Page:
Data ONTAP PowerShell Toolkit - Working with SnapMirror Part II (Take two, they're small)

by Frequent Contributor on ‎2010-06-16 12:31 PM

In Working with SnapMirror Part I, we took a whirlwind tour of the Data ONTAP PowerShell Toolkit SnapMirror cmdlets.  In Part II, I will show how to work with multiple transfers in your scripts.  Without further ado, let’s get started.

From the basic setup (run the Automated Provisioning script on a pair of simulators) the first thing you need to do is enable SnapMirror.  You only need to do that once on each filer.  You can do that with the Enable-NaSnapMirror cmdlet:

Enable-nasnapmirror –Controller $SIM1

Enable-Nasnapmirror –Controller $SIM2

Next, you need to set SnapMirror.access to allow the two controllers to initiate transfers.  You only need to make changes to snapmirror.access when you want to add relationships for additional controllers.  Since I only have two simulators, and they reside in Hyper-V on my laptop, I’ll go ahead and set that to “ALL”:

Set-naoption –controller $SIM1 snapmirror.access ALL

Set-naoption –controller $SIM2 snapmirror.access ALL

Now we’re ready.  I want to restrict volumes 1-4, initialize the SnapMirror transfers, and then report the status:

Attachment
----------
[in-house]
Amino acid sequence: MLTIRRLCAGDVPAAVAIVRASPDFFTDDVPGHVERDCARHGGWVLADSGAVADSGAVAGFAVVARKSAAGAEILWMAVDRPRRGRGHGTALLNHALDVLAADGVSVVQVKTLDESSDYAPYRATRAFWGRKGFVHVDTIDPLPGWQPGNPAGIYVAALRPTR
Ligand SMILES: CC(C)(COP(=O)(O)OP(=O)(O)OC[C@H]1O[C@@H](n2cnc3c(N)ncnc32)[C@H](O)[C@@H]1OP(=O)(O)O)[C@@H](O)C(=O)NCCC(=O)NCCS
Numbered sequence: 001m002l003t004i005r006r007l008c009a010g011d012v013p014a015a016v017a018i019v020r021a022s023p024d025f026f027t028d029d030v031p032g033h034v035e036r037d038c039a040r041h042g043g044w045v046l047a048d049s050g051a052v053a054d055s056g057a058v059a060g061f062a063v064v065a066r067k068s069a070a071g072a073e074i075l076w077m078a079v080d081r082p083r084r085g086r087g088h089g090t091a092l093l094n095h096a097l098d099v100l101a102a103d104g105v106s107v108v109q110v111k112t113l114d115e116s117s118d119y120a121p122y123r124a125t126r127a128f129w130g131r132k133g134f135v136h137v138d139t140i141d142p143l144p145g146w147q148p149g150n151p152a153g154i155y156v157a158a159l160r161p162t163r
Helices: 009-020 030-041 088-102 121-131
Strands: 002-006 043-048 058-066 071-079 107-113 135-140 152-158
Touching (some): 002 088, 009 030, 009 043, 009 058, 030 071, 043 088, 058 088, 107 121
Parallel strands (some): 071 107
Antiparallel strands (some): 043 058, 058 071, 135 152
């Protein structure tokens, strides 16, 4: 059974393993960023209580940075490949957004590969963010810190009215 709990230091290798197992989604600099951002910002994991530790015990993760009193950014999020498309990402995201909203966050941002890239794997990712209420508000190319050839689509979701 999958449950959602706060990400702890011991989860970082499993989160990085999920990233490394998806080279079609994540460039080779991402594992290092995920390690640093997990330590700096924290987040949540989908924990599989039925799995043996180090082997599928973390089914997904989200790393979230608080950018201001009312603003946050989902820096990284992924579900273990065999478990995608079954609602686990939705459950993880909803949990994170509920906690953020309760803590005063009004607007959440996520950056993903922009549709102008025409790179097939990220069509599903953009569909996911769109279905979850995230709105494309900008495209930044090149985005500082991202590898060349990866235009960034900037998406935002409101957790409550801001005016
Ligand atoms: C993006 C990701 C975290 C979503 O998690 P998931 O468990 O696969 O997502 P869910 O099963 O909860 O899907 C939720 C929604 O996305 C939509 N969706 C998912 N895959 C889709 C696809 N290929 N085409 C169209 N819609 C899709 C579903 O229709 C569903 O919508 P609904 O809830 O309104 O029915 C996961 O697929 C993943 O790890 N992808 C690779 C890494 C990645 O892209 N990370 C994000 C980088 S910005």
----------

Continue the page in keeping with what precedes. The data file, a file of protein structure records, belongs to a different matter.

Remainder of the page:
Connect-nacontroller SIM2; get-navol | ? {$_.ContainingAggregate -eq "aggr1"} | set-navol -Restricted | foreach-object{$src="SIM1:"+$_.Name; $Dest="SIM2:"+$_.Name; Invoke-NaSnapMirrorInitialize -Source $Src -Destination $Dest};get-nasnapmirror

First, I connect to the destination; SIM2.  In the Data ONTAP PowerShell Toolkit, connections are transitive; once I mention one, I’ll keep working with the same controller until I mention another.  Also, as a programmatic shortcut, you can put multiple separate commands on the same line without piping them by separating them with a semicolon.

After I connect, it’s time to form my pipeline.  I get the volume collection from SIM2 and pass it to a where filter so that I am only working with the volumes in aggr1.  I then restrict the destination volumes.  I pipe the resulting object collection through a foreach-object statement, forming the source and destination parameters for the Invoke-nasnapmirrorinitialize and then invoking the command for each volume in my collection.  Last but not least, I do a get-nasnapmirror to get the status of the initializations.

Happy Scripting

J

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